Above: How the sky would have to look to get my attention.

10 December, 2000

Dear Friend,

How do you follow a star?
. . . The Three Wise Men did it but the Bible doesn't tell us how.
. . . If I jumped in a taxi at night, pointed to the heavens and said, "Follow that star!" -- the driver would think I was nuts, in part because stars don't move, at least not relative to one another.
. . . Before people distinguished between stars and planets, what we now call stars were then called the fixed stars. That's what set them apart from the planets, which were movable stars.
. . . We can assume the Wise Men weren't following one of the fixed stars. We also can assume they weren't following a planet. The Wise Men would have been familiar with both. This was something different.
. . . In one Christmas song, the star is described as a comet, "with a tail as big as a kite." But that doesn't help explain how the Wise Men followed it for weeks or how the star happened to "stop" over Bethlehem. How could the Wise Men tell the star had stopped over that town and not Hebron or Jericho or Jerusalem?
. . . If you know how to follow a star, I'd appreciate hearing the details.

The only celestial body I've ever tried to follow was a flock of geese. I was driving with a friend in Texas when we spotted a flock high overhead. We took off after it, hoping to spot where the geese would land.
. . . Two things hampered us. One, we were in a city. Two, we were in a Volkswagen Beetle.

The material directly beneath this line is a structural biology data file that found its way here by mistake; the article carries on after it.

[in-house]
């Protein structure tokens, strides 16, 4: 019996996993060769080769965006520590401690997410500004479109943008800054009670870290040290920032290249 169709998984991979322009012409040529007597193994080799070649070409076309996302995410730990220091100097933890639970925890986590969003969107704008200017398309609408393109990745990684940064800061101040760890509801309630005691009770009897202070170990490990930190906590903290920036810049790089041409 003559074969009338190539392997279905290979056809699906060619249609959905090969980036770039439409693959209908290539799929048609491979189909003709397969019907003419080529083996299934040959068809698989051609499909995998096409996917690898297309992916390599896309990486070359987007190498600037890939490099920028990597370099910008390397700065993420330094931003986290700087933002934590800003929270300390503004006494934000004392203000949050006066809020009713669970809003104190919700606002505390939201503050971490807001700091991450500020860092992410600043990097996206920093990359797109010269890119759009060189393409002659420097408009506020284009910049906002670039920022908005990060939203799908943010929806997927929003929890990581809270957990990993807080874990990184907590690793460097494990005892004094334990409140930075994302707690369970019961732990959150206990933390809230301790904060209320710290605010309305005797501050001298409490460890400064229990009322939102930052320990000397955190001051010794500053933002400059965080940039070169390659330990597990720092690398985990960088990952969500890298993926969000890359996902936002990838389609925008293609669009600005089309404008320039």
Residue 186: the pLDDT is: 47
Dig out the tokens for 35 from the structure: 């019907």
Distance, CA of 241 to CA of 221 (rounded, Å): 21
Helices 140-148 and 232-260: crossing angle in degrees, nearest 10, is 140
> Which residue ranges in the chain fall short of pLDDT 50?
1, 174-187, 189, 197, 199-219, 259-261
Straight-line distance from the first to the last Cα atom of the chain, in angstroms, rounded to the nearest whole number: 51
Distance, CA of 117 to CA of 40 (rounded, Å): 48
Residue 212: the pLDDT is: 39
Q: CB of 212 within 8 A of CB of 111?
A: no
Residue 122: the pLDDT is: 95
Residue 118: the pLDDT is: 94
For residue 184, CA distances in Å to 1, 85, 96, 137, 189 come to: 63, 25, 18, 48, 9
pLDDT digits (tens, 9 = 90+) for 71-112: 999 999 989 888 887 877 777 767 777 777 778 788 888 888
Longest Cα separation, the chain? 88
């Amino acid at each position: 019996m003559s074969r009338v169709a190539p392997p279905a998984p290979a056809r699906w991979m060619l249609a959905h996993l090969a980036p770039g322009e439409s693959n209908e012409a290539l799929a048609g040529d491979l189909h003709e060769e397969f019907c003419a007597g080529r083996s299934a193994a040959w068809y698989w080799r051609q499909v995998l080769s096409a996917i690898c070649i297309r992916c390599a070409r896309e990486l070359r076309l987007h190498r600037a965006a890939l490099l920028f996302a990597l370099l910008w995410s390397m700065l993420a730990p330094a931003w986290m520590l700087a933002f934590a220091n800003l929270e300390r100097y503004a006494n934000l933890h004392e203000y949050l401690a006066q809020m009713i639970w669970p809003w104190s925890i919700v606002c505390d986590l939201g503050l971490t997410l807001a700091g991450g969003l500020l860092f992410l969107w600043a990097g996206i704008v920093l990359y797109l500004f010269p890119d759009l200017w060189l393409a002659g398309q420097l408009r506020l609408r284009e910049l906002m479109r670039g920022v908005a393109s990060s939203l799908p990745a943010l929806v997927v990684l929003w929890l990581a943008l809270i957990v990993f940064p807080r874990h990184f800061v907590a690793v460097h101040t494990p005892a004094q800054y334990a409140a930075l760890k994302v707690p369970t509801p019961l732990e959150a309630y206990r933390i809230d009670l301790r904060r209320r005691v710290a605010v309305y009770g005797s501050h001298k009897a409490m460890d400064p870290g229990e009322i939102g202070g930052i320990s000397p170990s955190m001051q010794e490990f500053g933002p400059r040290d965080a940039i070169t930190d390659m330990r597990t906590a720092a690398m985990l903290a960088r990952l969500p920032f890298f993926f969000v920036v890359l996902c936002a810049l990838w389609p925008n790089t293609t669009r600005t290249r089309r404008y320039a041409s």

. . . We drove north as fast as the VW's four cylinders would move us. Traffic lights kept stopping us. By the time we got out of town, the geese were far ahead, close to the horizon, mere specks that soon disappeared. We gave up. It had been a wild goose chase.
. . . With that experience behind me, my first guess would be that the Star of Bethlehem was only a few hundred feet in the air and moved only a few miles an hour. That would explain how the Wise Men followed it but such an object doesn't sound like a star, planet, or comet; sounds more like a hot-air balloon with not much wind. Also, you wouldn't have to be wise to follow it.

Instead of asking how to follow a star, the question could be asked backwards; that is, if a star wanted to be followed, how would it behave?
. . . In order to get me to follow it, the star would have to be an obvious curiosity. It would have to stop beside my window, get my attention, then move away slowly and give me time to follow it. Even then, the most the star could hope for would be for me to follow it for an hour or two. I can't imagine what it would have to do in order for me to follow it for weeks and buy presents along the way.
. . . The Star of Bethlehem wasn't like that. It was subtle. Only the wise saw it and understood. Perhaps they were waiting to see it. When the sign appeared, they were ready.
. . . Me, I'm more like one of the shepherds, the ones who were tending their flocks by night, the same night Jesus was born in a stable. To get my attention, the heavens need to open in glory. I need an angel chorus to scare me out of my wits and then tell me not to be afraid. I need someone to tell me exactly what's going on.
. . . Thankfully, God provides for the subtle and the dense.

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Text and images copyright 2000 Danny Nelson Schweers